Claude Driskett Hopkins (August 24, 1903 – February 19, 1984) was an American jazz stride pianist and bandleader.
Claude Hopkins was born in Alexandria, Virginia in 1903. Historians differ in respect of the actual date of his birth. His parents were on the faculty of Howard University. A highly talented stride piano player and arranger, he left home at the age of only 21 as a sideman with the Wilbur Sweatman Orchestra but stayed less than a year. In 1925, he left for Europe as the musical director of The Revue Negre which starred Josephine Baker with Sidney Bechet in the band.
He returned to the USA in 1927 where, based in Washington, he toured the TOBA circuit with The Ginger Snaps Revue before heading once again for NYC where he took over the band of Charlie Skeets. Between 1932-1935, he recorded steadily with his big band, which featured Jimmy Mundy arrangements and such fine soloists as trumpeter/vocalist Ovie Alston, trombonist Fernando Arbello, a young Edmond Hall on clarinet, and baritone and tenorman Bobby Sands, along with the popular high-note vocals of Orlando Roberson.
The orchestra's recordings are a bit erratic, with more than their share of mistakes from the ensembles and a difficulty in integrating Hopkins' powerhouse piano with the full group, but they are generally quite enjoyable. Mundy's eccentric "Mush Mouth" is a classic, and Hopkins introduced his best-known original, "I Would Do Anything for You."
Although they played regularly at Roseland (1931-1935) and the Cotton Club (1935-1936), and there were further sessions in 1937 and 1940, the Claude Hopkins big band never really caught on and ended up breaking up at the height of the swing era. Hopkins did lead a later, unrecorded big band (1944-1947), but mostly worked with small groups for the remainder of his career.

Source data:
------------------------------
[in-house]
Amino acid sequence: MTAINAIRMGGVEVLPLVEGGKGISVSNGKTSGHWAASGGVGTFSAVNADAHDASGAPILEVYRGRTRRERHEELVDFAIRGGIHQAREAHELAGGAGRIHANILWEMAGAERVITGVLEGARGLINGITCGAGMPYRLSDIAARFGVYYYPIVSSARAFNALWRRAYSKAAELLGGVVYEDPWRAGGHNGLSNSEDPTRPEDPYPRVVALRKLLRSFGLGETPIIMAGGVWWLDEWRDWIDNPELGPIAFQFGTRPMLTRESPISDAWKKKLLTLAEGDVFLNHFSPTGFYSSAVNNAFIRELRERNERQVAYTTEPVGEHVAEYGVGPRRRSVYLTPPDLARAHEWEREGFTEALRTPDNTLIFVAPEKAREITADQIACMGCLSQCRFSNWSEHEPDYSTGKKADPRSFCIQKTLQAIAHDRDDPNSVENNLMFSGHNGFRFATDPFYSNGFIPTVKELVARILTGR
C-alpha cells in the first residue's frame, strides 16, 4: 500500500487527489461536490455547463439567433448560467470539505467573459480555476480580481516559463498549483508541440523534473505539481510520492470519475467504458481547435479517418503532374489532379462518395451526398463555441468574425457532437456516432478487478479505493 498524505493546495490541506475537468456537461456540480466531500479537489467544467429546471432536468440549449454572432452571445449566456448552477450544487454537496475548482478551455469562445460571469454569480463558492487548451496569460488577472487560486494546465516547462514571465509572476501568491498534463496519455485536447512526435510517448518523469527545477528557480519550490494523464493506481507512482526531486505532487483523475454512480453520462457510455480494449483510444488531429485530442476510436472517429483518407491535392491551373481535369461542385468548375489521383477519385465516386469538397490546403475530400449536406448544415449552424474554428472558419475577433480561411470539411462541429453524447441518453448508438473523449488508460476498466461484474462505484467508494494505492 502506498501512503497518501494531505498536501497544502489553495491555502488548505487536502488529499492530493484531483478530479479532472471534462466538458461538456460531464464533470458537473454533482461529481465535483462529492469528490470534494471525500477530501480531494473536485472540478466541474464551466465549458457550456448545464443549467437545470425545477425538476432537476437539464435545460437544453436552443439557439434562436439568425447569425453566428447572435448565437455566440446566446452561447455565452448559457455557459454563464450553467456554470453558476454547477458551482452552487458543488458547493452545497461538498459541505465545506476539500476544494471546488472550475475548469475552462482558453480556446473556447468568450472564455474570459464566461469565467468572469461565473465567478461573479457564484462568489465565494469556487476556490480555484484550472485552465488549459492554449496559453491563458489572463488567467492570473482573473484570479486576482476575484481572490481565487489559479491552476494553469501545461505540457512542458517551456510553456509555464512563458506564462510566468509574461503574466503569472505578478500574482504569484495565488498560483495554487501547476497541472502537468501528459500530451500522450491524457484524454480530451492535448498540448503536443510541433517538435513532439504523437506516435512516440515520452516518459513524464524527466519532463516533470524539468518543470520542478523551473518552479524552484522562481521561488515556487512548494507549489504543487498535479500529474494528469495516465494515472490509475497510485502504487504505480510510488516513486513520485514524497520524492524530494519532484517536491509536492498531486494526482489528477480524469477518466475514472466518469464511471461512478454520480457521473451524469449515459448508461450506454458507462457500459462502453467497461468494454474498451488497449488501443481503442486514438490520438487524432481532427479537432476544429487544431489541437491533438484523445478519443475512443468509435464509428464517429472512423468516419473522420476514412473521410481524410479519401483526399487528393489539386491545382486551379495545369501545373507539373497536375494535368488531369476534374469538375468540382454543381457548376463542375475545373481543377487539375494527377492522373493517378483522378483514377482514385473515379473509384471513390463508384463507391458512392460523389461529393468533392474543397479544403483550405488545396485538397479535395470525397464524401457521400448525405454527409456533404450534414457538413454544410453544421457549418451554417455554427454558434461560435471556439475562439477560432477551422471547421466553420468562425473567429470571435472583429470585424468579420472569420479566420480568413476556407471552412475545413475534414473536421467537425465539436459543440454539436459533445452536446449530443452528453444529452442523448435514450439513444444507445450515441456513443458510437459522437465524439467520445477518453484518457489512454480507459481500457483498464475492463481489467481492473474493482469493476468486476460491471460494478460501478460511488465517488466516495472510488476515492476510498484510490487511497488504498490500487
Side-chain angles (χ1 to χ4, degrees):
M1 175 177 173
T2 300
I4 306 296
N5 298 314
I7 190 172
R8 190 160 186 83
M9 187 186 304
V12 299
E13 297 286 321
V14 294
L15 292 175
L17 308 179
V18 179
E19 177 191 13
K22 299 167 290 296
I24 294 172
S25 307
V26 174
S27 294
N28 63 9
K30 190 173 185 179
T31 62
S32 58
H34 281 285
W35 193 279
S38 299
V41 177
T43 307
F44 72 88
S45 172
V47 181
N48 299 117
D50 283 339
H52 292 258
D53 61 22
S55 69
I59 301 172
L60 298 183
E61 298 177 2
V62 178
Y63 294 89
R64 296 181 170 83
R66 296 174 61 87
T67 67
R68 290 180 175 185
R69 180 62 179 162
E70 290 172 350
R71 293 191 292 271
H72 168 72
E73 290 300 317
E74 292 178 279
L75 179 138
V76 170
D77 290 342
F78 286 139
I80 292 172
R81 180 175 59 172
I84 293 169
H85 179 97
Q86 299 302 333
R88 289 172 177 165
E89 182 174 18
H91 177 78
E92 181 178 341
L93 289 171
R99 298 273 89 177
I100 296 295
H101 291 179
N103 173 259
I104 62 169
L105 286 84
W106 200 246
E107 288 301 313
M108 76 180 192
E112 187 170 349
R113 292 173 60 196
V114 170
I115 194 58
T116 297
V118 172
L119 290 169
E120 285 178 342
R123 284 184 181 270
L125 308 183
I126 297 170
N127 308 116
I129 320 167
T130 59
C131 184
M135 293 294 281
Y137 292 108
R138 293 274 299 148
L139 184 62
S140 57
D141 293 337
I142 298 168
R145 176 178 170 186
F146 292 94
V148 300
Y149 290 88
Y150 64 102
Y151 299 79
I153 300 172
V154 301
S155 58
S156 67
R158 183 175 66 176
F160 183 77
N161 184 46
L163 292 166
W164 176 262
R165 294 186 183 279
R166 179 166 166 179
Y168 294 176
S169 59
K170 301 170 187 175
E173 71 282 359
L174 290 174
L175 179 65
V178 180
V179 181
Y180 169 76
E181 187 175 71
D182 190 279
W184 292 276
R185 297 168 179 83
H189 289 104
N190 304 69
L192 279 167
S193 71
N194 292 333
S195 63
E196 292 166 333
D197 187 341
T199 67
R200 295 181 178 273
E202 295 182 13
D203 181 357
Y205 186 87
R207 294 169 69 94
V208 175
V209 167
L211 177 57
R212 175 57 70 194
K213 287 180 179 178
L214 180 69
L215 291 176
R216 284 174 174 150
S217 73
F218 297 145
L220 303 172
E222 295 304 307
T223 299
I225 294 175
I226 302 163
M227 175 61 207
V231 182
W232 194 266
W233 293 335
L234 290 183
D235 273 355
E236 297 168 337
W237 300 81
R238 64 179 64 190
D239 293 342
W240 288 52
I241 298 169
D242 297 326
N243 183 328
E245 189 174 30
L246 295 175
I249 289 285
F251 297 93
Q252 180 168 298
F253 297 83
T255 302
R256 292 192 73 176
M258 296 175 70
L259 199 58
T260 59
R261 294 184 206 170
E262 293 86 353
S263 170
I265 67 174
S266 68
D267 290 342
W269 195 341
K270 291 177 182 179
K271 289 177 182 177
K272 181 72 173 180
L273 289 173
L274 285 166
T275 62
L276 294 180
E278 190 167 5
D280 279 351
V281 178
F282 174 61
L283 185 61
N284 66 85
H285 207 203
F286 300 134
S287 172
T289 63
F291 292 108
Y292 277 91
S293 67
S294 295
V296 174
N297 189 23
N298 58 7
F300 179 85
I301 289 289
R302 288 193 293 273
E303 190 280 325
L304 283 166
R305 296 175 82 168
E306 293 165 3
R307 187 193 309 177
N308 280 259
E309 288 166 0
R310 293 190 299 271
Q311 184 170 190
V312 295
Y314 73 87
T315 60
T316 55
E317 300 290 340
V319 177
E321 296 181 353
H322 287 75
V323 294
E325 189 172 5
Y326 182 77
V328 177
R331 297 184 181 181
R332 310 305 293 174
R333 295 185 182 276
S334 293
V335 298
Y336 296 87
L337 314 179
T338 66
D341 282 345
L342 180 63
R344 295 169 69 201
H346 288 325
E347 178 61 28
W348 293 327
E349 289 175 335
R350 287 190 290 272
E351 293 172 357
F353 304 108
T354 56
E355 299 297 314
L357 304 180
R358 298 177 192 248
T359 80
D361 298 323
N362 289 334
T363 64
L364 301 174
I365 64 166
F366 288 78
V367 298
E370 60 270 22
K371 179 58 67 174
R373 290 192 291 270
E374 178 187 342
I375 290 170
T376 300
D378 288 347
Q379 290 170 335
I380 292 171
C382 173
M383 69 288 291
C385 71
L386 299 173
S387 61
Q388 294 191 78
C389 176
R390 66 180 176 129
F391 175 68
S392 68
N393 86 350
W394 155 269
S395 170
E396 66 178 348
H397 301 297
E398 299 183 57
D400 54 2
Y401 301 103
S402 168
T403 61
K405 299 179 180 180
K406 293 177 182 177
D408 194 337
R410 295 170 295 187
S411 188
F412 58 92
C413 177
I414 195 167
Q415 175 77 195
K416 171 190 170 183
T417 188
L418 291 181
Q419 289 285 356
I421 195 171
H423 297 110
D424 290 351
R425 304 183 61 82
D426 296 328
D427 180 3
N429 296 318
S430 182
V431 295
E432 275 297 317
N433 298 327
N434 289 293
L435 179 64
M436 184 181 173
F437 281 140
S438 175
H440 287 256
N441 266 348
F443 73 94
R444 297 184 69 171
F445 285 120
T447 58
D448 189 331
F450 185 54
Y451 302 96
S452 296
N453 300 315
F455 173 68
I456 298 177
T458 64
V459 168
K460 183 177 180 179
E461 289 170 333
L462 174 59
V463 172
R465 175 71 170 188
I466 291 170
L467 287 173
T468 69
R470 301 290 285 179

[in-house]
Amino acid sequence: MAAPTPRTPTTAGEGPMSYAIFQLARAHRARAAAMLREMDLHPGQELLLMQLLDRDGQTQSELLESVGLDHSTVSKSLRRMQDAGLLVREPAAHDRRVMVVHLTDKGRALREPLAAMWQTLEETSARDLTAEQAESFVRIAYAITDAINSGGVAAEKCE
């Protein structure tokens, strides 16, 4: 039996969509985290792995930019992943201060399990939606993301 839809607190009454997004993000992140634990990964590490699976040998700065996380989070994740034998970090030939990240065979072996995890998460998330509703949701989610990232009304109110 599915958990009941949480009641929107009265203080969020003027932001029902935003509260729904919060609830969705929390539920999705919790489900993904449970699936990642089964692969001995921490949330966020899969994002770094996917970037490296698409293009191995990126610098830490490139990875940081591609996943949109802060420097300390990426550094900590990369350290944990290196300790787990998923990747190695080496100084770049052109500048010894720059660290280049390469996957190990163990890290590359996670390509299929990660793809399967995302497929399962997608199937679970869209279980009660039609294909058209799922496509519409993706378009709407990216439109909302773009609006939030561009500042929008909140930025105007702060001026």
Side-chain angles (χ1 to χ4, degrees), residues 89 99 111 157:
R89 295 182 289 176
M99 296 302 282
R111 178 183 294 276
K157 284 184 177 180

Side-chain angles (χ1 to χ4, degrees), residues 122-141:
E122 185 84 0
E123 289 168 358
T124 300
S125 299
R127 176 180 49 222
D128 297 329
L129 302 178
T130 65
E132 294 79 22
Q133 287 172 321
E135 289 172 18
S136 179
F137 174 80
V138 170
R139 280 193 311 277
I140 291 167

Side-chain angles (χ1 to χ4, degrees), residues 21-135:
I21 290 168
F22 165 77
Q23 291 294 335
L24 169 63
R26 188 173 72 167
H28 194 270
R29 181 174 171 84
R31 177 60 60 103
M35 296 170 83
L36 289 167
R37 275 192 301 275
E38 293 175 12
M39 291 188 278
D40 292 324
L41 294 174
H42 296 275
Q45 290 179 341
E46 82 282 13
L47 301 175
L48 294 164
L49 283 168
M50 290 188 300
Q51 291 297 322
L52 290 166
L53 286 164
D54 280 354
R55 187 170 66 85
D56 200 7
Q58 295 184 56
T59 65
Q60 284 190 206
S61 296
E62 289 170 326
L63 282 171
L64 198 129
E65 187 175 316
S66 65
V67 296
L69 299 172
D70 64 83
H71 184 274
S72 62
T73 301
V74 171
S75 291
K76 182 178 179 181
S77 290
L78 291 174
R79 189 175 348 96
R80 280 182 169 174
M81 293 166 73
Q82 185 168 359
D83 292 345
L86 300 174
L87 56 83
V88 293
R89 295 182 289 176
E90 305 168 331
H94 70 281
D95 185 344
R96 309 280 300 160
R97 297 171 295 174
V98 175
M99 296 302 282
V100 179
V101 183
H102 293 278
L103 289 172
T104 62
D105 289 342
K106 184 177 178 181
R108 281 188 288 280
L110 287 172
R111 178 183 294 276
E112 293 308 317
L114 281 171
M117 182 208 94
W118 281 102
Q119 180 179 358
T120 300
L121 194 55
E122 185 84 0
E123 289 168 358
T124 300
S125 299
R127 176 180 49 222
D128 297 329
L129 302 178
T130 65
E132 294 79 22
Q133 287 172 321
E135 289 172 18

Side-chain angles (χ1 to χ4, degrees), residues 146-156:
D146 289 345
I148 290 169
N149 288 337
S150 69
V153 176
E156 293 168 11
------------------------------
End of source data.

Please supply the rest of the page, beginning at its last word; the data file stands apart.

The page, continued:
Next, he led a "novelty quintet" on tour in 1948-49 and a combo at Cafe Society in New York City in 1950-51, then, during the next three decades, worked with various musicians as a pianist at club, concert, and festival performances (such as trumpeter Roy Eldridge's group at Jimmy Ryan's in New York City for several years, or later when Hopkins toured Europe with trombonist Dicky Wells and saxophonist Earle Warren, who had been part of Count Basie's orchestra in the 1930s and '40s).
In 1970, Gene Fernett authored a book celebrating many prominent African-American orchestras, including Hopkins', and commented, "Hopefully, there may come a day when he will choose to once again front a big band." That didn't happen, but Hopkins had continued to record, making some enjoyable LPs for the Swingville label in the 1960s ("Yes, Indeed!"; "Let's Jam"; and "Swing Time"), and, in 1973, a fine solo piano album on Chiaroscuro ("Crazy Fingers").
Often under-rated in later years, he was one of jazz's most important band leaders and has yet to be given full recognition for his achievements. He died on 19 February 1984, a disillusioned and dispirited man.
Looking back on Hopkins' career, critics Leonard Feather and Ira Gitler later wrote that he had remained a "master of stride with a lyrical bent and consistent sense of swing." It is surprising that his piano skills were not more extensively documented.
(Info edited from Wikipedia, Oldies.com, All Music & Big Band Library)
Claude Hopkins Orchestra featuring Orlando Roberson and The Four Step Brothers from a film short from 1933 "Babershop Blues".